Mass in Italian in St. Ambrose Church at 11:00 a.m., followed by a short procession to the School Building, right in back. The Mass will last about one hour, so the festivities in the school will begin around 12:30 p.m.

There will be two altars set up, one in the cafeteria, and one in the school. They will be blessed By Monsignor Vincent Bommarito, Pastor of St. Ambrose. Two buffet lines will be opened at that time, one in the cafeteria and one in the gym, and each will serve generous samplings of delicious food from the local restaurants.

A thoughtful donation is requested for the buffet, but admission to the event is free. The Altars will have many baked goods, Italian specialties, fruits, vegetables, breads, and other items for sale, until close, which will be around
3:30 p.m. All the money raised during the day will go to St. Ambrose School Tuition Assistance to help families facing financial hardships keep their children in the school.

St. Ambrose Parish is located at 5130 Wilson Avenue on the Hill. Come and enjoy this wonderful Italian tradition! For more information visit



National Pizza Day - February 9

National Pizza Day – February 9


National Pizza Day is observed annually on February 9th.  Whether it is thin crust, Chicago-style, deep dish or anything in between, pizza is an American favorite.

Here are some interesting facts about pizza:

  • Pepperoni is the most popular pizza at 36% of all pies ordered.
  • Over 3 billion pizzas are sold in the USA each year.  Add another 1 billion on frozen pizzas
  • 17% of all US Restaurants are pizzerias.
  •  Antica Pizzeria, the first Pizzeria, opened in Naples, Italy, in 1738.
  •  Gennaro Lombardi, the first Pizzeria in the United States, opened in 1895 in New York City.
  • Americans consume on average 23 pounds of pizza per person each year.


Throw a pizza party and give the following recipes a try:

Perfect Pepperoni Pizzas
Beer Bread Pizza
Bacon & Artichoke Pizza
Margherita Flatbread Pizza

Use #NationalPizzaDay to post on social media.

This isn’t your granddaddy’s accordion!

Photo courtesy of Cory Pesaturo

In this episode of The Italian American Podcast, we speak with world champion accordionist Cory Pesaturo. We also interview Mary and Elise from the Italian Garden Project who are trying to preserve the wonderful gardening traditions of Italian-Americans via The Italian Garden Project.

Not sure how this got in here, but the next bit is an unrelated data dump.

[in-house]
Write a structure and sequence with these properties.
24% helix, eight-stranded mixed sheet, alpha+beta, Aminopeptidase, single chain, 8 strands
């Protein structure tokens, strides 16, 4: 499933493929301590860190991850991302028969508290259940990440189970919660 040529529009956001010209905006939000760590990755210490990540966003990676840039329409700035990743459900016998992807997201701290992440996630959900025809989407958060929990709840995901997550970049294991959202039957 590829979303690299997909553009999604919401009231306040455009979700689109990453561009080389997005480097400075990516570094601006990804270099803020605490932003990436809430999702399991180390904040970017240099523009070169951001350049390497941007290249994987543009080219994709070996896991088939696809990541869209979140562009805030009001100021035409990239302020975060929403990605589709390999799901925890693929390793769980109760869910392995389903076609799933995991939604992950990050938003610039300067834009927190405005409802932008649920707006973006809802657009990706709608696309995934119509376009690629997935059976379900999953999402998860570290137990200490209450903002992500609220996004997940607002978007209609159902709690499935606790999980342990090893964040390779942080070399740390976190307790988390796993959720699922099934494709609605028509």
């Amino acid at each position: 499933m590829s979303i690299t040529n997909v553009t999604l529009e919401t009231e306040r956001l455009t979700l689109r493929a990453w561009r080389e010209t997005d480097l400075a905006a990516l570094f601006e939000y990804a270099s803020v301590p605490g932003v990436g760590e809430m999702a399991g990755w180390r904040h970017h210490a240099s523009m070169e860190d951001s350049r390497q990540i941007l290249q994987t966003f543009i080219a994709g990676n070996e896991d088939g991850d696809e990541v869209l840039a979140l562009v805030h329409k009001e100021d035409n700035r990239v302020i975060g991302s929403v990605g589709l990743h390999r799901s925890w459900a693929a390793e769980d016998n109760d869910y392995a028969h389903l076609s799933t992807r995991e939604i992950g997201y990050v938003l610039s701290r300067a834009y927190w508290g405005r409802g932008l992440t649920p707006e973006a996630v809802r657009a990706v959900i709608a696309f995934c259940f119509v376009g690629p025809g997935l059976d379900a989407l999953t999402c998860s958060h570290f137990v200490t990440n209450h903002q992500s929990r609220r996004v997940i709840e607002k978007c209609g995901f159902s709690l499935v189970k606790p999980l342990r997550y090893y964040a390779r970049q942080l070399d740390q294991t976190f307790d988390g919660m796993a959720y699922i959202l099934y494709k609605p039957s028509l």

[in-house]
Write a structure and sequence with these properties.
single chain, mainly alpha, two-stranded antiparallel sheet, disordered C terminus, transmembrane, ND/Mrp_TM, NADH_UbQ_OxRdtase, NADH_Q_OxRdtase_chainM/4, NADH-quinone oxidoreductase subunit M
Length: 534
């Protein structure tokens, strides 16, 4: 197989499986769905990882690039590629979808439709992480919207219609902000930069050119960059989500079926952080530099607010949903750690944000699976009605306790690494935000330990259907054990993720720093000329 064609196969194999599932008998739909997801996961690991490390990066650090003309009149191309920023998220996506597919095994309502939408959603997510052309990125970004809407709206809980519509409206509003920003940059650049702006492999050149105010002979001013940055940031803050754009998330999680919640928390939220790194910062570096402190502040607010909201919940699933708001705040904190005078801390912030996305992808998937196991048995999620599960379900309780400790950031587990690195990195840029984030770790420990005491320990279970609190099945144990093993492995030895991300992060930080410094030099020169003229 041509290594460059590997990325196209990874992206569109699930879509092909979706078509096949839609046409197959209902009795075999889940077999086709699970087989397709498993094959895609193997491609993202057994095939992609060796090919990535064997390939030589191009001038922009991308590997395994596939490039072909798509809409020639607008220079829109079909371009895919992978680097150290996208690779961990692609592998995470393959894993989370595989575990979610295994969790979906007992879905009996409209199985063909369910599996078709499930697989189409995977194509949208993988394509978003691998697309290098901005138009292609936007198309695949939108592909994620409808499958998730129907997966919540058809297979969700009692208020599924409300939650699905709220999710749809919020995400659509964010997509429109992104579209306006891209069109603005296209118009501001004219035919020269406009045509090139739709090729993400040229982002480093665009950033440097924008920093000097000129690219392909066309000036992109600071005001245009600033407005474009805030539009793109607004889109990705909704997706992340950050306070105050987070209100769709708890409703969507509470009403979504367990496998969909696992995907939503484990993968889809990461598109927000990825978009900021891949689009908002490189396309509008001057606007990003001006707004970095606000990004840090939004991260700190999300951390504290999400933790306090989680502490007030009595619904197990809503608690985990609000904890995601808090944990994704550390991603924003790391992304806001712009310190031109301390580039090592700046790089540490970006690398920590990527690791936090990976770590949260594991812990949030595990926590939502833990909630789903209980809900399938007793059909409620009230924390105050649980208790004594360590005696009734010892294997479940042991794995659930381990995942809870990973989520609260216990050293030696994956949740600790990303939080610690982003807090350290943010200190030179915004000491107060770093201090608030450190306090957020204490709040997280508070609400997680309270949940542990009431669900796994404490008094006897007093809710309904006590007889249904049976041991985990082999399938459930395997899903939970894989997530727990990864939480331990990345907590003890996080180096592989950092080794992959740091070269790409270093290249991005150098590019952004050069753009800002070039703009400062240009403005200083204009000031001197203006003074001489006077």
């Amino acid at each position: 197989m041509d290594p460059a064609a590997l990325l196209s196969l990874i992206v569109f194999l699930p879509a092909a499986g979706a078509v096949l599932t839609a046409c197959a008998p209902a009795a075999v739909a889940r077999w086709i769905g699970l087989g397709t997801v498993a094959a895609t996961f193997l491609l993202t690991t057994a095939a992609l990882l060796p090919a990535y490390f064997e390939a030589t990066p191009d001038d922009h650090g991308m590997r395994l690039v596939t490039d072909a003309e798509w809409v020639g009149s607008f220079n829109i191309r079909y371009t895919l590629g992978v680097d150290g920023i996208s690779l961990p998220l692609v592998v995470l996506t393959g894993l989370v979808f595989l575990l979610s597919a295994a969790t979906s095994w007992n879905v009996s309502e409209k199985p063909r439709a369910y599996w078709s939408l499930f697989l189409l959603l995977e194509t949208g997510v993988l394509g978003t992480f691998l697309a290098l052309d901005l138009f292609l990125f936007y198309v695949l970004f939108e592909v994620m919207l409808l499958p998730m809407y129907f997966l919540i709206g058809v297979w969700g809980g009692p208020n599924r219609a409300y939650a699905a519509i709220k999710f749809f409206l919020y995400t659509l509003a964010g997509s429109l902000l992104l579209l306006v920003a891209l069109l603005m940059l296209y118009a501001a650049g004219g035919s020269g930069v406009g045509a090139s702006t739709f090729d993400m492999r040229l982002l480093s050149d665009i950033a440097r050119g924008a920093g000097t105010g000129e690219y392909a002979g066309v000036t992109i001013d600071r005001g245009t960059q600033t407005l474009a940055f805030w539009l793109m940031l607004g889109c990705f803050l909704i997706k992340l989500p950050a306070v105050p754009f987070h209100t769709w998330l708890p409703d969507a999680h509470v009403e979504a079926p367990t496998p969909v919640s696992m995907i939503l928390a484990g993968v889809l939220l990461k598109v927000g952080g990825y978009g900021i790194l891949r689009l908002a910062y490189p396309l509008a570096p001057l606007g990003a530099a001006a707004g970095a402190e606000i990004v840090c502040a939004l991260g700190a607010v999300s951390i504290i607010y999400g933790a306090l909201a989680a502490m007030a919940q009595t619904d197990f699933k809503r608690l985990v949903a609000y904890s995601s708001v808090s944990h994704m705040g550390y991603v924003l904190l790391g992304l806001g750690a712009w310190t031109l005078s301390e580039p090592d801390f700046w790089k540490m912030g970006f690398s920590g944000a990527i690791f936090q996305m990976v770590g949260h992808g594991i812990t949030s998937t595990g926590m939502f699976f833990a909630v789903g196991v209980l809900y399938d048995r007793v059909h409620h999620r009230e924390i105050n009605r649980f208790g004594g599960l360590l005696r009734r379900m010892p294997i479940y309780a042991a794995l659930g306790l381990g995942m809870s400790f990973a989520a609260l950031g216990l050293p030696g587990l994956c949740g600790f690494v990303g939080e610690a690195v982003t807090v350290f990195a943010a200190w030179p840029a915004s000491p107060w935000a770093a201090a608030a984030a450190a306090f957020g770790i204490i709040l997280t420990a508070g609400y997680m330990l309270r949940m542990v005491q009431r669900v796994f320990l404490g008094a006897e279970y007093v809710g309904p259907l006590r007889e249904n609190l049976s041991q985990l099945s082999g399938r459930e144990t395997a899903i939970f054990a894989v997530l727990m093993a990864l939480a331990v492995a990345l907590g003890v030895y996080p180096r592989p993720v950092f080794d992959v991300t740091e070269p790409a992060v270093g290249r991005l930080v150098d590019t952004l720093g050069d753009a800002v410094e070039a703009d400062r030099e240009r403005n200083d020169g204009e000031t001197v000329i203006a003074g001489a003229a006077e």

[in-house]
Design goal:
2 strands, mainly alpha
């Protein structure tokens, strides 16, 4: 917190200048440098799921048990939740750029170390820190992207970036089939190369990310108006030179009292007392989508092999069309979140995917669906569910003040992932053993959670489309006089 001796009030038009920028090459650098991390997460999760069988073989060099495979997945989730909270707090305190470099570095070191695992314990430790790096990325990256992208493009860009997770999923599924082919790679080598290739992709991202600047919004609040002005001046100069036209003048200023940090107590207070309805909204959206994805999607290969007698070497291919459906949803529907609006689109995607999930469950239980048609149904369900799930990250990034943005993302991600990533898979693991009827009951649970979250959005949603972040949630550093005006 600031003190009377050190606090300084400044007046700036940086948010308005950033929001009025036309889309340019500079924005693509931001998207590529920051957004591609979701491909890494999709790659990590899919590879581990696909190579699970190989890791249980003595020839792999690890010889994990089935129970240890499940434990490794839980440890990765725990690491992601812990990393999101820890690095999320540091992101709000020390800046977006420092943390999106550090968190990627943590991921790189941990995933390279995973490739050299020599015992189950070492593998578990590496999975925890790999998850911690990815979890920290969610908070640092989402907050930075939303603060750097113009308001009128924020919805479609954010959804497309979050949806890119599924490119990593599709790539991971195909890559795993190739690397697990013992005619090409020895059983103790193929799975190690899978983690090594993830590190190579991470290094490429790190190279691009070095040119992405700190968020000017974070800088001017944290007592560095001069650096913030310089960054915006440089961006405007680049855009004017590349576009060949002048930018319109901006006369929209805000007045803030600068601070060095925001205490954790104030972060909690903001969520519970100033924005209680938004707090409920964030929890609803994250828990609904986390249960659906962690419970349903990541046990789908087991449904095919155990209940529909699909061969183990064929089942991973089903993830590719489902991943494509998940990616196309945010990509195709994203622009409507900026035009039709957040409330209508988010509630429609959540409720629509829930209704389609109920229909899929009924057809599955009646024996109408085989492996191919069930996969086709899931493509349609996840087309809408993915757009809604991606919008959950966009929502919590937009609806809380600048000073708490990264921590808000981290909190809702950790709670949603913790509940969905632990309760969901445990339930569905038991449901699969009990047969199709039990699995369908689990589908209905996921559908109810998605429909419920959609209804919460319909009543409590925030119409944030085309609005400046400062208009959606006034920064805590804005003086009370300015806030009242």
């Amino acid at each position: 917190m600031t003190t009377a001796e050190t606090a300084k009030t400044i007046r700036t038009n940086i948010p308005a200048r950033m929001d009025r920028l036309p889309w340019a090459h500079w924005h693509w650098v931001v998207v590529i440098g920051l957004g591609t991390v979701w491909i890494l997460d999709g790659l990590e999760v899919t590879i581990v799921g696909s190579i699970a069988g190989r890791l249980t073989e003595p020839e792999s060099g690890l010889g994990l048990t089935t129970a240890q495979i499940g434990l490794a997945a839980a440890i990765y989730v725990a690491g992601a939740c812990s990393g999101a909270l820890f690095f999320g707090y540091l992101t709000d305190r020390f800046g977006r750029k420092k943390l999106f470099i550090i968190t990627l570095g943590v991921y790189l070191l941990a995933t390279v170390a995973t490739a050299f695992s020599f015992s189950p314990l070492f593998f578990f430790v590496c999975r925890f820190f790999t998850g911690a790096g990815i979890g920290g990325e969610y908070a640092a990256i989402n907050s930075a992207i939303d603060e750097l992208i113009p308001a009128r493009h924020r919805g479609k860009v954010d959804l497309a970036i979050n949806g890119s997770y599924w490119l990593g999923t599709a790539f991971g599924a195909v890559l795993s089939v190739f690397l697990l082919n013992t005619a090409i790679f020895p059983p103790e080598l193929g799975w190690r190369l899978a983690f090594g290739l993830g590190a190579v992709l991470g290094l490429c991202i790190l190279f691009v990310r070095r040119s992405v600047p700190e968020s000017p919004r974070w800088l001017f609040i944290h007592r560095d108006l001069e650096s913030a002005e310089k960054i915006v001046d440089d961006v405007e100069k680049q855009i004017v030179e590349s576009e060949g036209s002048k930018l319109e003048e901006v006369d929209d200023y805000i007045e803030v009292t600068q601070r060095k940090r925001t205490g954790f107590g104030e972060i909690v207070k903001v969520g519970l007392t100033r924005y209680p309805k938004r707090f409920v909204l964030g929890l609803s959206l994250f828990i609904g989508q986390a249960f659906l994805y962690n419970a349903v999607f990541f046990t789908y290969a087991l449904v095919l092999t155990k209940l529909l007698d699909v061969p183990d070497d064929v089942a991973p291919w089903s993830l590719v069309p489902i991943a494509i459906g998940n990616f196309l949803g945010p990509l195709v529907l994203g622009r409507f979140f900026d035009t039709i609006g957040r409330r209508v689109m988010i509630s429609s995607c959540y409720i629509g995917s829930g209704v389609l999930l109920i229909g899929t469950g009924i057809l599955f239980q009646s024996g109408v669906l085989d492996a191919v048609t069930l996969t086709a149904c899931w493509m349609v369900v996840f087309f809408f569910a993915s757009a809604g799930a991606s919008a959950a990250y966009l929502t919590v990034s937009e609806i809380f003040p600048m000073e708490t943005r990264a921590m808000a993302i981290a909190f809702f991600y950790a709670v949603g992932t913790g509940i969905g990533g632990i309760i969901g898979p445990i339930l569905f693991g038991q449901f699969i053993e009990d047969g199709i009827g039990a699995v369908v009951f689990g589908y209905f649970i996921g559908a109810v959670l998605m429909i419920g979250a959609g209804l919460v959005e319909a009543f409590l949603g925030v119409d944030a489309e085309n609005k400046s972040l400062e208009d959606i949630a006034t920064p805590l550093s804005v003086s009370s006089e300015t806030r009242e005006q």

Cory Pesaturo (“C Pez”) is one of only four accordionists to win World Championships on both the acoustic and digital accordion, and is the only person to ever also win a world championship on jazz. He is a graduate of the prestigious New England Conservatory of Music in Boston, MA, where he was the first musician ever to major and graduate in the accordion. Cory’s main contribution is his visionary thinking of how the accordion should be used, played, and presented in modern music. He has given a TED Talk about this, which is currently the only talk in the world about the accordion.

Pesaturo’s extensive resumé includes appearances at the White House for President and Mrs. Clinton on four different occasions, beggining at age 12, including eight other appearances for the Clintons since 2000 and 14 letters from the first family. On one of those occasions, he became the youngest person to ever perform at a State Dinner, performing with the Marine Strolling Strings for the President of Hungary. Some television appearances include the Late Show with David Letterman playing with Johnny Depp, the Columbus Day Parade in New York City and nationally televised programs in New Zealand, Canada, Italy, Tunisia, France and Finland. On an American broadcast, then-CNBC host Maria Bartiromo once said, “No one is currently doing more for the Accordion than Cory.” Cory currently gives master classes on both music theory and the accordion at various universities throughout the U.S. and Europe.

A win at 16 years old in a concerto competition at the New England Conservatory of Music gave Pesaturo the rare opportunity to perform with the Brockton Symphony Orchestra as a featured soloist, where he became the youngest accordionist to ever solo with a symphony orchestra in the US back in 2003. Concerning his Jazz side, Cory recorded two CDs with saxophone legend George Garzone and his known band “The Fringe” at age 19 and has performed with jazz and music legends Quincy Jones and Wynton Marsalis. His performances at all three of his World Championships were played on accordions that were not his and were generally 90% improvised; both aspects are unheard of in the accordion world.

Saint Louis